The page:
I figured at first he just liked to listen, was shy and still in shock. Then he pulled a notebook out of his back pocket, the old-fashioned ones with the steel spines and the perforated holes, the pencil wedged inside the steel.

He wrote down his name and then for some reason we shook hands like true adults, and then we kept walking. I never asked him why he didn’t speak. I didn’t wonder why I knew that it wasn’t because he couldn’t speak. But then he never asked me why I helped him. So we built our friendship on not asking questions about each other.

For that summer we saw each other every day, pretty much. We got the fag tag from the blocks, strange looks from the adults, who saw a six-foot plus boy walking with a barely five-foot kid who looked for all purposes like my secretary taking notes, but when you don’t have anyone else in your life, you don’t worry about other people’s opinions.

I brought Mark round for dinner one evening, but my aunt’s eye darted from the macaroni to the pad so much the food got cold and the paper ran out. My aunt was glad I was out so much and one freak became a pair, much to no-one’s concern.

I never set foot in Bub’s house. We always stopped at the top end of the street, and all I knew was he lived a long way down it. More questions that didn’t need asking. Sometimes I watched him walking away until he was little more than a dot, as if the road was eating him up. Sometimes I wanted to follow him but had the feeling the street would stop me, eat me up the same way. It was the only time I ever felt scared.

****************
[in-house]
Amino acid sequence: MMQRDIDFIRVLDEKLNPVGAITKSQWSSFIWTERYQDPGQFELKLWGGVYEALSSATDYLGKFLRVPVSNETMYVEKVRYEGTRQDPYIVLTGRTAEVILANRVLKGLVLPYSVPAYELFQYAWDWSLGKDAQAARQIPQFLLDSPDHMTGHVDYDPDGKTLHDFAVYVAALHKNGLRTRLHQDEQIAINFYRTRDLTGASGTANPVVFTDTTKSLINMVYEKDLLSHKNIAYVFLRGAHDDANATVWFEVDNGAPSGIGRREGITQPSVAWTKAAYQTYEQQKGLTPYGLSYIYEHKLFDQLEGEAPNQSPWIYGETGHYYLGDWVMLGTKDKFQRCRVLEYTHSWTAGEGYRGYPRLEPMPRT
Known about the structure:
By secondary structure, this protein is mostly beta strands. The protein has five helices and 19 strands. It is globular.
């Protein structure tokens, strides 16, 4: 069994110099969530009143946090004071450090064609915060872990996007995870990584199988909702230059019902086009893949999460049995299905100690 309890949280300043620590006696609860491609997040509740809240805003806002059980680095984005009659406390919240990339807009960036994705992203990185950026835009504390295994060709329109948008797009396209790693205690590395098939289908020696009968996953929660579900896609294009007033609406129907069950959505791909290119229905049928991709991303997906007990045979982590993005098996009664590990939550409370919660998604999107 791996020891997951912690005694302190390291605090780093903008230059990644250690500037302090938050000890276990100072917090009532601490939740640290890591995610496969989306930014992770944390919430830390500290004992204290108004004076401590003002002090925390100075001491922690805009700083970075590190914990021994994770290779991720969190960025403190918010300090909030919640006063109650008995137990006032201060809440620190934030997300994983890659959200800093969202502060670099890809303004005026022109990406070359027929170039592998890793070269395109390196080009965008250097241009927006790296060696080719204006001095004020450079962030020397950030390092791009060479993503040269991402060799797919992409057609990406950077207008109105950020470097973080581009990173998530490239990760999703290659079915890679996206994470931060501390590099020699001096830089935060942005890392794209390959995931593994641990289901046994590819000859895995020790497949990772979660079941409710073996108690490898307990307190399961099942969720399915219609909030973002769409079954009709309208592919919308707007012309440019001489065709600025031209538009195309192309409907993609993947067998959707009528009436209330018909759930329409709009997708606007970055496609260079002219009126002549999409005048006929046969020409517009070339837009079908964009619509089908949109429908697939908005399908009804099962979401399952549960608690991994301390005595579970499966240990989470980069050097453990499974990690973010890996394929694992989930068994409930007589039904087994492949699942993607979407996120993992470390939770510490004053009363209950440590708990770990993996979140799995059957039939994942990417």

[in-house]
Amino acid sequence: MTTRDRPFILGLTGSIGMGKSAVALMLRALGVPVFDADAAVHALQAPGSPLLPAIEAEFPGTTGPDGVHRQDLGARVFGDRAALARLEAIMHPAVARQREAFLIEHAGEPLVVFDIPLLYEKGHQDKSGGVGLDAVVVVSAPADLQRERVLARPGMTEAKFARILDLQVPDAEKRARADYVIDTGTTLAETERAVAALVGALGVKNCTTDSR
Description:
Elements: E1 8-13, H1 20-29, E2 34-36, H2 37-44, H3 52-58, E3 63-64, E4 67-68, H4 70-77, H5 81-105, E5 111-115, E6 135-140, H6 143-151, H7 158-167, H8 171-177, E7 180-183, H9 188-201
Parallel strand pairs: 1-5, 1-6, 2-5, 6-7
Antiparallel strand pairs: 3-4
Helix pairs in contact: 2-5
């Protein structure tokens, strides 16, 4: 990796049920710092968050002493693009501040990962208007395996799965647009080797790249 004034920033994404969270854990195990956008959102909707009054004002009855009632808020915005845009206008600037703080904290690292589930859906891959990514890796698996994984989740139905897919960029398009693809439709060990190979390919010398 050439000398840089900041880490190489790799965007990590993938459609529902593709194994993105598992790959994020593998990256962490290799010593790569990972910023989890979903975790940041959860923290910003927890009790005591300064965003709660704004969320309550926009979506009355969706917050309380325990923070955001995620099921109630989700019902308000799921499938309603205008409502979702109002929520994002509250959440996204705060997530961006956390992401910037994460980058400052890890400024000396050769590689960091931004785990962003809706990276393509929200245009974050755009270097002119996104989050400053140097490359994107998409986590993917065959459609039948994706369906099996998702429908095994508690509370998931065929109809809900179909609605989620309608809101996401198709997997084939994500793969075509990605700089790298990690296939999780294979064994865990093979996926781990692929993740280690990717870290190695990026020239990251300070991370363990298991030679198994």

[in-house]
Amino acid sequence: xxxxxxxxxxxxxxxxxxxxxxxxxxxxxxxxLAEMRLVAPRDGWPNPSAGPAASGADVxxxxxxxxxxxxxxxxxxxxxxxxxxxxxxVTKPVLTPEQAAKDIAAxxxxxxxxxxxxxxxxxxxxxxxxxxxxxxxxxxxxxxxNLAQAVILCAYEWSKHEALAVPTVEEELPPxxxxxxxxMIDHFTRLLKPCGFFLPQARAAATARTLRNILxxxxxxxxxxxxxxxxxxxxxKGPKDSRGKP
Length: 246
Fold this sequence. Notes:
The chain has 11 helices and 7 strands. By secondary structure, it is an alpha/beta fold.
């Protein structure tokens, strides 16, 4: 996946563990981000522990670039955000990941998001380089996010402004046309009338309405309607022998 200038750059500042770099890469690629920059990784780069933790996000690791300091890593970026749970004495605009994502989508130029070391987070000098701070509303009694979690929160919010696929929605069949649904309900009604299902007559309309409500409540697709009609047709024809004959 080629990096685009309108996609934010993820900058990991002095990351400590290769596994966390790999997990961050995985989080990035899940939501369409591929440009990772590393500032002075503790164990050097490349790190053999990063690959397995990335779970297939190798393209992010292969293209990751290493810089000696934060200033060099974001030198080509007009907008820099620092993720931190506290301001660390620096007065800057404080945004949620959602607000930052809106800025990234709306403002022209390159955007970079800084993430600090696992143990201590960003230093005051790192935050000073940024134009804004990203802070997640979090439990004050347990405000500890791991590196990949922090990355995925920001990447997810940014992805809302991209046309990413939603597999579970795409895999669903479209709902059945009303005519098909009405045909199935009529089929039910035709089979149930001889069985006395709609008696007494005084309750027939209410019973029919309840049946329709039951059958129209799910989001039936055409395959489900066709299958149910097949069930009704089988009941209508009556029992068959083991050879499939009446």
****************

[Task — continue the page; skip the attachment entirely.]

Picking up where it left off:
The other thing me and Mark had in common was that we loved comic books. Me, I remember my Mum bringing me a stack home from the hospital and leaving them by my bedroom door when I missed her. I came home and scooped them up and didn’t leave my bedroom all weekend.

Me and Mark walked into a store one day and made a beeline for the same shelf. He never had the cash for them, so he’d stop in four different shops in a row and read one in each before he got kicked out. Each week he’d read a sequence of four, so by the turn of the month he’d have read everything on the shelves and be ready for the next batch.

One day he wrote something down; it was after a comic run and we were both exhausted and bursting to talk/scribble about what we’d read. I always let him go with the first question and when he put it down, I smiled and for the first time, took the pencil and drew a speech bubble around the question.

“That’s a good question, Bub.” I said. It was the only time I saw him laugh. Silently of course. He’d grin all the time when we talked, but this was the only fully fledged beaming smile. And for all the trouble he had put on him, he had the most perfect straight white-tooth smile.

I couldn’t help it; I smiled too as I handed him the pencil back and later as I walked home, I realised it was the first time I’d smiled since the day before my Mom died.